The Best Laid Plans by Terry Fallis: A Review

I started reading The Best Laid Plans after listening to a few chapters of Fallis‘ follow-up, The High Road, which is available free from iTunes.  While you don’t need to have read The Best Laid Plans first, it’s the backstory and so I downloaded it onto my Kindle (it was my first Kindle purchase!) and read it in a couple of sittings.

It’s a very funny book, and won the Stephen Leacock Memorial Medal for Humour in 2008.  Telling the story of a reluctant Liberal candidate in a very Tory riding east of Ottawa, it gives an insider’s view of politics on the Hill and off, the backroom biting and glad-handing, all wrapped up in snow, scotch, and (a little bit of) sex.

The story is told by Daniel Addison, an English Professor at University of Ottawa and until recently, a speech-writer on the Hill. Addison needs to find a Liberal candidate to run in a very Tory riding and he manages to convince a Scottish Mechanical Engineering professor to throw his name in the race in exchange for a promise that the probability that he wins is nil, and for teaching his English for Engineers course.  With no hope of winning, Angus McLintock agrees to the deal.  What transpires is part slapstick and part very sharp satire.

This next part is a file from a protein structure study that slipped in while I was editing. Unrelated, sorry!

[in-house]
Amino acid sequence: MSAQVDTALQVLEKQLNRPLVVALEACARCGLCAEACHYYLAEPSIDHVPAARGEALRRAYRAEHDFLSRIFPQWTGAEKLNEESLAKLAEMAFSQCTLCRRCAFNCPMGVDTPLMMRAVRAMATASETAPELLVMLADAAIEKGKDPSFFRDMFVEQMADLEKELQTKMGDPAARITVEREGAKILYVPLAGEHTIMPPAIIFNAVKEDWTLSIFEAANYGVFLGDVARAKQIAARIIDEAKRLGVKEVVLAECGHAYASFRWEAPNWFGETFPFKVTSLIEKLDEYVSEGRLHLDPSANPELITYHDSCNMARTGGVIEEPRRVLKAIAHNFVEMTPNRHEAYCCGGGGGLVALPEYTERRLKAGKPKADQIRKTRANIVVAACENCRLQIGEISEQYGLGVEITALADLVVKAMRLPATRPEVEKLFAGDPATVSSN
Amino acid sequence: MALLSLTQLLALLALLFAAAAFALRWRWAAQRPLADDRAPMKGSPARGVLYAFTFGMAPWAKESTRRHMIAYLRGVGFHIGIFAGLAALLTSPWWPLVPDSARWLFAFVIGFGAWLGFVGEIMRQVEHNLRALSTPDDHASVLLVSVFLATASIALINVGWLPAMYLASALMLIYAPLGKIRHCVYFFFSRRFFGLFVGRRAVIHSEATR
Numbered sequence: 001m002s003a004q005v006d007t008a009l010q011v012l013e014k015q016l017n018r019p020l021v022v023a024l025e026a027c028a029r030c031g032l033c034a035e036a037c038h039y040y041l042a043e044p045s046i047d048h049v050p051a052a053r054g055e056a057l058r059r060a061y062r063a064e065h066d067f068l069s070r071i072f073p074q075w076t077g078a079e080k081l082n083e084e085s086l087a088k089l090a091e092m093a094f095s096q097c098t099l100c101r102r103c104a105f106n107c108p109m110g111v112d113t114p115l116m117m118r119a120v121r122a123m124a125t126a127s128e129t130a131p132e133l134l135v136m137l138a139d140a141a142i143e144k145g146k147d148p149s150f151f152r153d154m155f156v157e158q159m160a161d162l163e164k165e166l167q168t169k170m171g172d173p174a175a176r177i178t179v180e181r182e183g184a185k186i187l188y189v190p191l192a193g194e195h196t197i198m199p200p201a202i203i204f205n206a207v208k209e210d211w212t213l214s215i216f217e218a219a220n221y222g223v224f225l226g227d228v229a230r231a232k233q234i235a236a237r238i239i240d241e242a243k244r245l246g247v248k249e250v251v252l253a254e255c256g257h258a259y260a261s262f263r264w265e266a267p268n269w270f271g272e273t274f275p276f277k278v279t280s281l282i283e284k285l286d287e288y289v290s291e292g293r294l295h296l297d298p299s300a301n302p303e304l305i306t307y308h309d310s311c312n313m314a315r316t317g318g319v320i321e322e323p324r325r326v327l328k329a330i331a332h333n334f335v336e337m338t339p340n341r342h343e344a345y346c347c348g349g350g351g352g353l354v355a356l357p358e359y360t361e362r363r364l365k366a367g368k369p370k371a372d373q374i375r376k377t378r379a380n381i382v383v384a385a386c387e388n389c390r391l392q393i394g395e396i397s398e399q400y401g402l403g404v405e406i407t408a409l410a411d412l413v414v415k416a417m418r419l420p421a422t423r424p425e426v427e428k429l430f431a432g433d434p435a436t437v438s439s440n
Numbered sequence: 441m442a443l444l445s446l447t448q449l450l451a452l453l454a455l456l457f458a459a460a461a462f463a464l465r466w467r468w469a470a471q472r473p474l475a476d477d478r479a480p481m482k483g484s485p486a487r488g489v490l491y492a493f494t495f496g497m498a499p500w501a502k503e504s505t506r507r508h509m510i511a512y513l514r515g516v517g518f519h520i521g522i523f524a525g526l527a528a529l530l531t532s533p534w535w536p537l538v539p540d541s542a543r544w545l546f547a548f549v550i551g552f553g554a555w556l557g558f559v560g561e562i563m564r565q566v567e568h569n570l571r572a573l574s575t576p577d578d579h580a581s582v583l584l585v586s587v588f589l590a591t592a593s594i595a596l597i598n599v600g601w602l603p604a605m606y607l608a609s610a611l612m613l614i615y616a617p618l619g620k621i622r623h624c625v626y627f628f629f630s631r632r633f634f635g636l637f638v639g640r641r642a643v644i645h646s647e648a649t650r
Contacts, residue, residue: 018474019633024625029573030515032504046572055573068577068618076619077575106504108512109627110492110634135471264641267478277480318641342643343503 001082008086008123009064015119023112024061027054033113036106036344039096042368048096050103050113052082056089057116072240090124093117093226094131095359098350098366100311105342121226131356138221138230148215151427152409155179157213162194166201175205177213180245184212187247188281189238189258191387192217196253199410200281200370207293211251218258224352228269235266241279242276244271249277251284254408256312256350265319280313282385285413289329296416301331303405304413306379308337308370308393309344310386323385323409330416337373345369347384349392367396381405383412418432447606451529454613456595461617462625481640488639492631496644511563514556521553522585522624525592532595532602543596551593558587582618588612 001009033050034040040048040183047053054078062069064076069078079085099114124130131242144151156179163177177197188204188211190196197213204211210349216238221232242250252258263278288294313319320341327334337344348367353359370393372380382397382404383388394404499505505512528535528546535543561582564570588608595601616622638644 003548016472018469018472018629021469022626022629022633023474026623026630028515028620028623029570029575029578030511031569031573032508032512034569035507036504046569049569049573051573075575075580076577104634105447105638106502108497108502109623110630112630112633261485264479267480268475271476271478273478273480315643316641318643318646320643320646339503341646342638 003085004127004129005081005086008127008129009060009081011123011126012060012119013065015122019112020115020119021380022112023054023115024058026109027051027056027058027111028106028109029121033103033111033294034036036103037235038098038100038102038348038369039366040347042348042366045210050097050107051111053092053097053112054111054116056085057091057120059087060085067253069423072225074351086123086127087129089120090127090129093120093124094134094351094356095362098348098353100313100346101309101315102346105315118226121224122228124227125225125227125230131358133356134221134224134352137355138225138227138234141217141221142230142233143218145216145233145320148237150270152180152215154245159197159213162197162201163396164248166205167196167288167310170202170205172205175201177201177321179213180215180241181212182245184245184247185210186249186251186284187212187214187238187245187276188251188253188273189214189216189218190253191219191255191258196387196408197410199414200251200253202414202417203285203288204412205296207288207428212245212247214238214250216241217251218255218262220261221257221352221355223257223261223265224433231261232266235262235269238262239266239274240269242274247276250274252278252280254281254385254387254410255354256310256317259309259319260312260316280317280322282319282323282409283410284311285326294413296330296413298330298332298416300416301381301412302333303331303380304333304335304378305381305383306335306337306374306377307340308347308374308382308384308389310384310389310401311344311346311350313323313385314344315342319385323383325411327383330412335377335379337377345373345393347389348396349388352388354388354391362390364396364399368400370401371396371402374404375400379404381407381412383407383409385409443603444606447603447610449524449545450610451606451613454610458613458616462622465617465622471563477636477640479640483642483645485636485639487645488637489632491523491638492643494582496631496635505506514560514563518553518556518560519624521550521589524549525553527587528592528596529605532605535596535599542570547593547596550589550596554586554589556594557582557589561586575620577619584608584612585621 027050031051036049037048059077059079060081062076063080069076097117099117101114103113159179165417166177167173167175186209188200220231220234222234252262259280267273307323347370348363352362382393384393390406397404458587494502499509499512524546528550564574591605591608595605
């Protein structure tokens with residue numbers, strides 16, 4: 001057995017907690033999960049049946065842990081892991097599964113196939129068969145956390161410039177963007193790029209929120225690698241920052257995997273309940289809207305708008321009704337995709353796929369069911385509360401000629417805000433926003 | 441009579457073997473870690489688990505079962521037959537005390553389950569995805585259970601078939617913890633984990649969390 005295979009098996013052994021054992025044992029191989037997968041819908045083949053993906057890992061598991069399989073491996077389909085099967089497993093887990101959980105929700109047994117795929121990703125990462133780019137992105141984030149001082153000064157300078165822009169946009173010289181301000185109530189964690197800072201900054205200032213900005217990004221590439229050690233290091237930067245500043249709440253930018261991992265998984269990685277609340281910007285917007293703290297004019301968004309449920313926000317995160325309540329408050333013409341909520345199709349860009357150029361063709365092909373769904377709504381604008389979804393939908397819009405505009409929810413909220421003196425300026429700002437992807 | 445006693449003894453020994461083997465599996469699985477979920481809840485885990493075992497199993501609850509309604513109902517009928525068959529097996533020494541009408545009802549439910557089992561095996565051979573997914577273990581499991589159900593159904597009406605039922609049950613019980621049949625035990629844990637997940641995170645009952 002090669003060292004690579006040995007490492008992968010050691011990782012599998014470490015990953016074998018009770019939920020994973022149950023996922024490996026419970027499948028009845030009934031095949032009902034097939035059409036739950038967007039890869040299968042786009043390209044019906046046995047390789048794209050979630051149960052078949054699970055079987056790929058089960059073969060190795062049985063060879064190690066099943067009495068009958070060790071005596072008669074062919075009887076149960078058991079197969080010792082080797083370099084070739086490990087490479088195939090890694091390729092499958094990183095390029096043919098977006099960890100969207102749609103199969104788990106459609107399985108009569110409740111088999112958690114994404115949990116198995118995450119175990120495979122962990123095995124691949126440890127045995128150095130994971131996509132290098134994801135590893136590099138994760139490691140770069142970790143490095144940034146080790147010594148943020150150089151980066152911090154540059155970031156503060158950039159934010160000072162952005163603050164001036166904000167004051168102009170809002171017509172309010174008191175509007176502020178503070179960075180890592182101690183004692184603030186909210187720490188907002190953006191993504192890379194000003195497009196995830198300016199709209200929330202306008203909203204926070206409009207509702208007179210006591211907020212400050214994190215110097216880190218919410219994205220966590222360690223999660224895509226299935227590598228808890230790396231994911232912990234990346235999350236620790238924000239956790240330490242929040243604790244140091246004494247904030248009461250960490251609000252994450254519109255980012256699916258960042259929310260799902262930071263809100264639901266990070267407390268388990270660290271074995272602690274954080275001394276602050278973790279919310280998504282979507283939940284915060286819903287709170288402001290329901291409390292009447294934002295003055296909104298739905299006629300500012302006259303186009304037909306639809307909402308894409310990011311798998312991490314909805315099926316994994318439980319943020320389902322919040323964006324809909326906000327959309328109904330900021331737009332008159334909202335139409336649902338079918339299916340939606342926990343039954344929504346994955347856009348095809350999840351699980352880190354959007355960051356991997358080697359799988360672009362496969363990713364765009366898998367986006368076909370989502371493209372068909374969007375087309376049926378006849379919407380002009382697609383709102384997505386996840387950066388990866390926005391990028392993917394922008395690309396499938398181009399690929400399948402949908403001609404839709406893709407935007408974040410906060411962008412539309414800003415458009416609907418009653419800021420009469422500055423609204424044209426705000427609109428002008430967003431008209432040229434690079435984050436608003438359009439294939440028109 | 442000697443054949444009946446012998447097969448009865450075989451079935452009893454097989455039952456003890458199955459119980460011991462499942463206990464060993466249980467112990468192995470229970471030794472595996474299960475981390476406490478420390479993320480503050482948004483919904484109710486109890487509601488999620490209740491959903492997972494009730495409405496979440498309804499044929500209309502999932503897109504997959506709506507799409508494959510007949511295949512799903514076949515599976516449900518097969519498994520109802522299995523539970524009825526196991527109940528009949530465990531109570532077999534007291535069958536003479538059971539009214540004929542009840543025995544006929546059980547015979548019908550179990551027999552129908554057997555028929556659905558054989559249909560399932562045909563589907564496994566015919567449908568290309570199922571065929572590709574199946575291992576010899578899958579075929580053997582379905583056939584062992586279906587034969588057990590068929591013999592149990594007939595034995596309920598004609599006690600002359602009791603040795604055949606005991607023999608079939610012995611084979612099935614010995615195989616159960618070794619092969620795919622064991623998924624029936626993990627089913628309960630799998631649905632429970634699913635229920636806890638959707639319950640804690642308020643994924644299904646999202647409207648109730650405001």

I enjoyed this book immensely.  As a Canadian, I particularly liked reading about our own electoral process/shenanigans, and would pick up anything by Fallis in a snap.  

Highly Recommended

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